“We are like children building a sand castle. We embellish it with beautiful shells, bits of driftwood, and pieces of colored glass. The castle is ours, off limits to others. We’re willing to attack if others threaten to hurt it. Yet despite all our attachment, we know that the tide will inevitably come in and sweep the sand castle away. The trick is to enjoy it fully but without clinging, and when the time comes, let it dissolve back into the sea.”
O beautiful for spacious skies,
For amber waves of grain,
For purple mountain majesties
Above the fruited plain!
God shed his grace on thee
And crown thy good with brotherhood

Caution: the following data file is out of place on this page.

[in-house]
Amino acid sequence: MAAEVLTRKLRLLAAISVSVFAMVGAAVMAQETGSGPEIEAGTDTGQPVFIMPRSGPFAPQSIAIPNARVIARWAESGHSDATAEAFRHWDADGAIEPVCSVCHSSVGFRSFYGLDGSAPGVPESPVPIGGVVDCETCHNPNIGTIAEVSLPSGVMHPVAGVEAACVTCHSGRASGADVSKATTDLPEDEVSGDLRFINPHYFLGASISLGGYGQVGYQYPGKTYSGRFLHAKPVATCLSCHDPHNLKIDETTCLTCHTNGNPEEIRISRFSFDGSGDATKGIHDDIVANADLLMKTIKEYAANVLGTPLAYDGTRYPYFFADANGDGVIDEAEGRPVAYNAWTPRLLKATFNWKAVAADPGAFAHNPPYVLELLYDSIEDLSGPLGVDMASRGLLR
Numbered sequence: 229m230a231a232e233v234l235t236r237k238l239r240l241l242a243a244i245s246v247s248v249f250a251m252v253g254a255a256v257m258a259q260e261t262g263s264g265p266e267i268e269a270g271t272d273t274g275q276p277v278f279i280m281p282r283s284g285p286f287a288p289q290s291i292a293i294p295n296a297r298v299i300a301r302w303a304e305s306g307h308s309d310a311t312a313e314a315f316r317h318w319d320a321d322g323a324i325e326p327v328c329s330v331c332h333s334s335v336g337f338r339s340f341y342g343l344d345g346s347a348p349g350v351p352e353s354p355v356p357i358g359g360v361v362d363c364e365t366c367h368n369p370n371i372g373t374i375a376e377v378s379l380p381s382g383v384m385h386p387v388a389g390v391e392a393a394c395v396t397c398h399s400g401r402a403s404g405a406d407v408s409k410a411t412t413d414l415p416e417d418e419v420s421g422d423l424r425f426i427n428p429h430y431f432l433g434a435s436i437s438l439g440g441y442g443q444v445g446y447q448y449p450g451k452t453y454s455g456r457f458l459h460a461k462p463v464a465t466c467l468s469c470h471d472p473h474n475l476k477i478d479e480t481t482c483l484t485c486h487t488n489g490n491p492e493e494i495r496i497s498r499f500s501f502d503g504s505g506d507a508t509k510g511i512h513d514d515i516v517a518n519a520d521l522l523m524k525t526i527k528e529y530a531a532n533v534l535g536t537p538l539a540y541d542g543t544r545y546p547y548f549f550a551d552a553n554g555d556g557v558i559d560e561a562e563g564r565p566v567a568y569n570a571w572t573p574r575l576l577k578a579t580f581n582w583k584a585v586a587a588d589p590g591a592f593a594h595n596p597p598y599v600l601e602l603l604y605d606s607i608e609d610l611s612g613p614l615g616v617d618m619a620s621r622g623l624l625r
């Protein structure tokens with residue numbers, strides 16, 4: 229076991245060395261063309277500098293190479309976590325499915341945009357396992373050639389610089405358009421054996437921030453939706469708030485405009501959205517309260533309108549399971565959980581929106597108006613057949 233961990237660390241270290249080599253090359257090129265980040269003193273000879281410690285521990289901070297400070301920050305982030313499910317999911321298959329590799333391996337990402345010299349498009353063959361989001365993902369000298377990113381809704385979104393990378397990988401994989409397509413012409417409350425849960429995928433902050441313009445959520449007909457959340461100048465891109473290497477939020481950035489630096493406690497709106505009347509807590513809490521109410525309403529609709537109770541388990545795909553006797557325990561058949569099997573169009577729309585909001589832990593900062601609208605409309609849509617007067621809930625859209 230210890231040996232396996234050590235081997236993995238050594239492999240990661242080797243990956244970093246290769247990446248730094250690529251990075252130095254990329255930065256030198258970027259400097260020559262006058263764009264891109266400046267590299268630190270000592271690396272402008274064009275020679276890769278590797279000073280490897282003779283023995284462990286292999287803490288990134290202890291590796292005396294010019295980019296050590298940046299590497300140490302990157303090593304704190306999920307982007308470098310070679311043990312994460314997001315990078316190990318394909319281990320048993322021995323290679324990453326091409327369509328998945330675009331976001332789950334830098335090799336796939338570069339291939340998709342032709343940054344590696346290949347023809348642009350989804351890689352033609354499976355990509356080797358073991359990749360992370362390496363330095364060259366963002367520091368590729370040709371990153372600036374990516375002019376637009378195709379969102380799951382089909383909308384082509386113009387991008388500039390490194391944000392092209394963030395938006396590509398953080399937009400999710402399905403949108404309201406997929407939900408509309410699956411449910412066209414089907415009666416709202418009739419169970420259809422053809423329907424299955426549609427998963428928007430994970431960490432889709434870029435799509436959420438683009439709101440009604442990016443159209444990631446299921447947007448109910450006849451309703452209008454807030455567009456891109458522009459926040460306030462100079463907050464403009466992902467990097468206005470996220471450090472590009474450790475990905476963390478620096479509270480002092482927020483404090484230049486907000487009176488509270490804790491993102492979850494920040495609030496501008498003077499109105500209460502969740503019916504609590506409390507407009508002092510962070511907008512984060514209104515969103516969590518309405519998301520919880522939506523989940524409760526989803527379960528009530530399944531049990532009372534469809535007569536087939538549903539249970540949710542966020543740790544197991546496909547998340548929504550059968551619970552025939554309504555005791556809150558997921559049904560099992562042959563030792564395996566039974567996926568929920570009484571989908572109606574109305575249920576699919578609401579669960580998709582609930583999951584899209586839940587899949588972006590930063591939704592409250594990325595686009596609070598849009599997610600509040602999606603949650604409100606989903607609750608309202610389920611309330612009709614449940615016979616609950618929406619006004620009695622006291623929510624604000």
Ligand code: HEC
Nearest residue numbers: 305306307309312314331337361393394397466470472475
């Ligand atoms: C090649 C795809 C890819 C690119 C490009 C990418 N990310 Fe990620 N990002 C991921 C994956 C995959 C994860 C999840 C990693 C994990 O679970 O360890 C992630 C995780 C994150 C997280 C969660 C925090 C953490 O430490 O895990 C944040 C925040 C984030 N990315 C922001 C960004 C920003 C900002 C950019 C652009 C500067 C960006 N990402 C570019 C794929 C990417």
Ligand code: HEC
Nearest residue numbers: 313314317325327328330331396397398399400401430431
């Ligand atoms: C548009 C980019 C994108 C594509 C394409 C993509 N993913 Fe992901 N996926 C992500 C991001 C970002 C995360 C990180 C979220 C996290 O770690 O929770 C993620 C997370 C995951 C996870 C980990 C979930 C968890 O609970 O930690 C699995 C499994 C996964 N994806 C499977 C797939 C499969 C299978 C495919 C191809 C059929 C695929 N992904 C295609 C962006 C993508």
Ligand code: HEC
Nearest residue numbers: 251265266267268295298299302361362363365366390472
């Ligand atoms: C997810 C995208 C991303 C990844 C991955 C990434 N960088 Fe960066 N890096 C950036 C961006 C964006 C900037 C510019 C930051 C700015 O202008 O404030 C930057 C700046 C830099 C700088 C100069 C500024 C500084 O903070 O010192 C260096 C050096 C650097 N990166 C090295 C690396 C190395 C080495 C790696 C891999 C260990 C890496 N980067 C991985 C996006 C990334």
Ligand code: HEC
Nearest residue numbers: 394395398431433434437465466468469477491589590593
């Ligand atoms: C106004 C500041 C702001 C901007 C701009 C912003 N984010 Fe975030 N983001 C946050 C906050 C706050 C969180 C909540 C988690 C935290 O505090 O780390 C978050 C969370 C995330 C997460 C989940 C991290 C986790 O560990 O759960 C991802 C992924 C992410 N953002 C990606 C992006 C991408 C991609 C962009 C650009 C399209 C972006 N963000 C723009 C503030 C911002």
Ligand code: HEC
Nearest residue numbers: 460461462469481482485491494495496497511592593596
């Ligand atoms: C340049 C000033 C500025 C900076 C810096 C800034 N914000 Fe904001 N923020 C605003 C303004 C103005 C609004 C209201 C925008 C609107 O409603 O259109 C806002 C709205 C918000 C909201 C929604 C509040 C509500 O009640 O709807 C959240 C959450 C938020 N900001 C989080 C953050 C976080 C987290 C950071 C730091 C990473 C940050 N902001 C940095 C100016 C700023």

From sea to shining sea!
America, The Beautiful Lyrics by Katharine Lee Bates – 1913
Every now and then, my father will tell me a story about my grandfather that will surprise me. Like how he got shot once, fled on horseback, and even though he reached safety, the bullet was never taken out. It’s moments like that one when I realize my grandparents had a very different life than I do.
I tend to reflect a lot on my family history, mostly on the vast life differences between generations. I especially thought about this during my college graduation. As I sat on the metal chairs facing the commencement stage, among all the other graduates, I kept thinking: How did I get here?